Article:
International And Cross-Cultural Career Advice


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It’s easy to tell it’s the end of the school year because I’ve had several requests for international career guidance. As it happens, I recently attended my eldest daughters graduation from University and was lucky to be visiting her through the hiring process while she landed her first “real” job.

This reminds me of how starry-eyed life can be when you’re young and how this contrasts with the sometimes harsh world of international business.  But first let me answer the two latest requests for international career advice here.

Cross-Cultural Career

One reader asked me for advice on how to enter into a “cross-cultural career”. To me this seems like a bit of an odd question because cross-cultural skills are essentially strong people skills and can be used in many different careers. I don’t think there is really a “cross-cultural” industry which includes all “cross-cultural careers”.

As many of our country’s demographics change drastically in the next few decades it seems as if most of our working environments will become cross-cultural if they aren’t already so. And we’ll all need strong cross-cultural skills.

Cross-cultural professions therefore usually have dual competency: one traditional core business competency and a cross-cultural competency or what some people refer to as a “soft skill” or a “people skill”. So, cross-cultural coaches should have a core competency related to personal training. And cross-cultural marketers are marketers who apply cross-cultural competency to their trade for stronger marketing.

My advice is to focus on these two aspects in parallel. Learn a profession and build up your cross-cultural competency. This is how you’ll add on the cross-cultural dimension.

International Sales Career

Another reader asked for advice on how to start an international sales career. Well, it really does come down to… looking… and being a good fit to fill the job.

My advice is to jump in and work hard at it.

Start From The Bottom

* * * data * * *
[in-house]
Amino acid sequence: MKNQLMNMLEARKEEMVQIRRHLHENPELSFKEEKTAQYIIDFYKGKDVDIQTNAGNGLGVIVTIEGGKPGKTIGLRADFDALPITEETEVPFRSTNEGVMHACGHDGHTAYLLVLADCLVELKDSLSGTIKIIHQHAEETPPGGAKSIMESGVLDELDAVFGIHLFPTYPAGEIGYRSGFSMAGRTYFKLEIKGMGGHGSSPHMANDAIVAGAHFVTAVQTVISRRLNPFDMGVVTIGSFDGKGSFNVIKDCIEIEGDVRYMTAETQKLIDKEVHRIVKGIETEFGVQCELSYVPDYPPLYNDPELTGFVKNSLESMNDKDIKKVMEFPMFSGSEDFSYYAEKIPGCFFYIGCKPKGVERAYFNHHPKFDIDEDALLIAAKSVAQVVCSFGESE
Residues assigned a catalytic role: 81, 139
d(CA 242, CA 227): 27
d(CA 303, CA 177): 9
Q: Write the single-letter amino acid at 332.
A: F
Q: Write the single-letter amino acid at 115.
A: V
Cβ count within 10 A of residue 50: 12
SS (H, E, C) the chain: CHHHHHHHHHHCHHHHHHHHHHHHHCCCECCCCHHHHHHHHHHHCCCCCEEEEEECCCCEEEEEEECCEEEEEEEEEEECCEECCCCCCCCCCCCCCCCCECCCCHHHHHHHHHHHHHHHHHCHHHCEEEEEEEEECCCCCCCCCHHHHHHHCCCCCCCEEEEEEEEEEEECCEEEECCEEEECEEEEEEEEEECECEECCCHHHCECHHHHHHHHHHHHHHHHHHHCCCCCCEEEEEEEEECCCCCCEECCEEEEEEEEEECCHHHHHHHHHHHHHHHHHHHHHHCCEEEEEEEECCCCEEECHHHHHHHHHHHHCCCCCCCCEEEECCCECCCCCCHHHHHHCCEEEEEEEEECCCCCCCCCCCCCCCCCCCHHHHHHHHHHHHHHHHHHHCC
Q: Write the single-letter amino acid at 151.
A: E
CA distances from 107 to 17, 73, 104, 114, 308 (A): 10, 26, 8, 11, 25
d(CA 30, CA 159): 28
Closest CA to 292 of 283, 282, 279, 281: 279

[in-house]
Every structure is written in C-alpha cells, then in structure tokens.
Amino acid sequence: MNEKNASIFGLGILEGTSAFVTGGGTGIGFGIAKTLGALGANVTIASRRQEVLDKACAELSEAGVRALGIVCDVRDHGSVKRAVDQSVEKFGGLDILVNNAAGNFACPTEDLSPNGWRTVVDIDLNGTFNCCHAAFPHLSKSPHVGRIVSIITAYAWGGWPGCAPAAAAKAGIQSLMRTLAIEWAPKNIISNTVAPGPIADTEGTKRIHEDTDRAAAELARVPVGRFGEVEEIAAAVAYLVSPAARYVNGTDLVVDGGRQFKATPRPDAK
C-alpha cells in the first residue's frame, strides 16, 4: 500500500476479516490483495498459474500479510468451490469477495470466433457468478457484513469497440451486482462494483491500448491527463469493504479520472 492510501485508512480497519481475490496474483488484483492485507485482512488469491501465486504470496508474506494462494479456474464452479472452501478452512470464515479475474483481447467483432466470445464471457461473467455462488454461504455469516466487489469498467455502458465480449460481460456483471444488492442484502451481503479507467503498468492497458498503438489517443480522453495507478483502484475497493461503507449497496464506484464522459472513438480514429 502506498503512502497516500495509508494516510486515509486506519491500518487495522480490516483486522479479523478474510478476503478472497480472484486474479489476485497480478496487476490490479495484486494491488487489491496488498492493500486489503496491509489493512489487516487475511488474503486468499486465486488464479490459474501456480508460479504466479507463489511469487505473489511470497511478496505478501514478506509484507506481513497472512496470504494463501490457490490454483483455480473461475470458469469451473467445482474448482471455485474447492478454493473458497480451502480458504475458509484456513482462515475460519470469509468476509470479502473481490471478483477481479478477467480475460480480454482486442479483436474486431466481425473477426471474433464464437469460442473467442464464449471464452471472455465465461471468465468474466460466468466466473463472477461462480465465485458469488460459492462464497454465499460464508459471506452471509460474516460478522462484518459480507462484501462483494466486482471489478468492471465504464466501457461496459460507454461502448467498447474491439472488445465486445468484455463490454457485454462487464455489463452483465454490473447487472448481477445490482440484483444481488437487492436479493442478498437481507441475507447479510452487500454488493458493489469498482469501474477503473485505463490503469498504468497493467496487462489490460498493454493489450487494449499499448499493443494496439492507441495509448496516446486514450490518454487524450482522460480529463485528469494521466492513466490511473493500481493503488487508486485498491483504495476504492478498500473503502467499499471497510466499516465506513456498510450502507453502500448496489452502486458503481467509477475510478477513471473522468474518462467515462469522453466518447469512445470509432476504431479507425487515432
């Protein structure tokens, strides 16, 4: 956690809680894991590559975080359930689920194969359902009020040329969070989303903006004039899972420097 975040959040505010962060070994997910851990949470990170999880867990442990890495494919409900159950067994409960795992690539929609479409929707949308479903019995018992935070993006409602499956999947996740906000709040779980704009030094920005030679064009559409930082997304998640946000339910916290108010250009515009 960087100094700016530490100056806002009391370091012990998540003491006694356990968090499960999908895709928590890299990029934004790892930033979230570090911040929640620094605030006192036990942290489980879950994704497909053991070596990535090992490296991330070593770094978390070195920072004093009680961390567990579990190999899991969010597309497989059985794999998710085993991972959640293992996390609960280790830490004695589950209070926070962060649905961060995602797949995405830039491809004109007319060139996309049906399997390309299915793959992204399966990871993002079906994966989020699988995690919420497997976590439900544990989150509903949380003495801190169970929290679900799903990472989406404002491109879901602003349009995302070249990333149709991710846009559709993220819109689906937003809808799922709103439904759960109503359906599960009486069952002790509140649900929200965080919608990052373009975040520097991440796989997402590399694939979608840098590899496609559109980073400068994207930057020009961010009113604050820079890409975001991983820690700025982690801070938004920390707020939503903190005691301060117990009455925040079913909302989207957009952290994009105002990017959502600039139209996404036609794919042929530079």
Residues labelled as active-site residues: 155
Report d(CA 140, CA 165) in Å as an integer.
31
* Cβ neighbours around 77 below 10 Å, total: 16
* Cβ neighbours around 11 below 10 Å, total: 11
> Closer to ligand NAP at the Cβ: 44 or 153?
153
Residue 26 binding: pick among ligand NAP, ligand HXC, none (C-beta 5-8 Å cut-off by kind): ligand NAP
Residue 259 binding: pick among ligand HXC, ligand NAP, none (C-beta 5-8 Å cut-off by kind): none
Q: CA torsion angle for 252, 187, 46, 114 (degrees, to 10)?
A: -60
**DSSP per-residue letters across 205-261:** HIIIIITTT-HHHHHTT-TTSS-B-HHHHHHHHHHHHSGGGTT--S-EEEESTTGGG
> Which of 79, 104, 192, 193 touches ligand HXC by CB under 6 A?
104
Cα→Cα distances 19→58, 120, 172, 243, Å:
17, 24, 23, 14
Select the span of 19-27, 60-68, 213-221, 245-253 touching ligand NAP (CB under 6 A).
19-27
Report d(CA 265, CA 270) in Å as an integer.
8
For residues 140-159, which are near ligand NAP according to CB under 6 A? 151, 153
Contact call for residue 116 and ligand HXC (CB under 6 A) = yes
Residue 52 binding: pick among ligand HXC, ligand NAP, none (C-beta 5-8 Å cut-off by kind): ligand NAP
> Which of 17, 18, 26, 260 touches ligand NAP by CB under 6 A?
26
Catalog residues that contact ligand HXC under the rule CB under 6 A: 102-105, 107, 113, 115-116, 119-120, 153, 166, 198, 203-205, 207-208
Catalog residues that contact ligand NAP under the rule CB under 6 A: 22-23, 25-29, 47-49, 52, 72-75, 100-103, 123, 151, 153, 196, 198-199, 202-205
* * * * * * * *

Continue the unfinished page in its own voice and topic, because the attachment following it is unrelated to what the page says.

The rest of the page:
And I think this leads to the biggest problem for those who want to immediately land a full blown cross-cultural or international career right out of school. There are no short cuts. You have to start wherever you can and this can mean:

  • Taking any job you can get with cross-cultural or international exposure to develop your skills
  • Picking up your bags and finding opportunities elsewhere

It may sound daunting when you are settled in a lifestyle you are familiar with, but you can only truly acquire cross-cultural and international skills by leaving your comfort zones. And for most people, it takes time. You can’t pick up these skills by reading a book or following someone else’s recipe for success.

Learn The Personal Skills

The work you need to do and the time it takes will depend on your own personal makeup and baggage. And it really takes work on a very personal level. You’ll be confronted with processing and digesting things about yourself you can’t begin to imagine because doing business with different cultures raises all sorts of personal questions.

It’s only after you’ve truly learned about yourself that you’ll begin to develop strong cross-cultural and international skills.

Give Yourself Time

Look for the opportunities around you to learn more about different people and get the most out of these opportunities as you can. You may need quite a bit of time to be able to see things from another culture’s perspective.  Everyone is different and we all have our personal baggage that gets in the way of understanding others.

It’s easy to recognize strong cross-cultural skills in others. And you’ll probably find other opportunities open up as you gain more and more cultural competency.

Manage your career in parallel to building your personal skills, and you’ll end up with your dream job before you know it.  Have faith that employers will recognize in you the personal qualities and skills they need to get a job done that requires cross-cultural and international skills.

Now it’s your turn…

  • What actions are you taking to develop your international career?
  • How do you think cross-cultural competency will help your profession?
  • What do you like most about your international career?

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Republished with author's permission from original post.

Cindy King
My name is Cindy King and I help businesses with cross-cultural marketing, international sales and strategic international social media networking.


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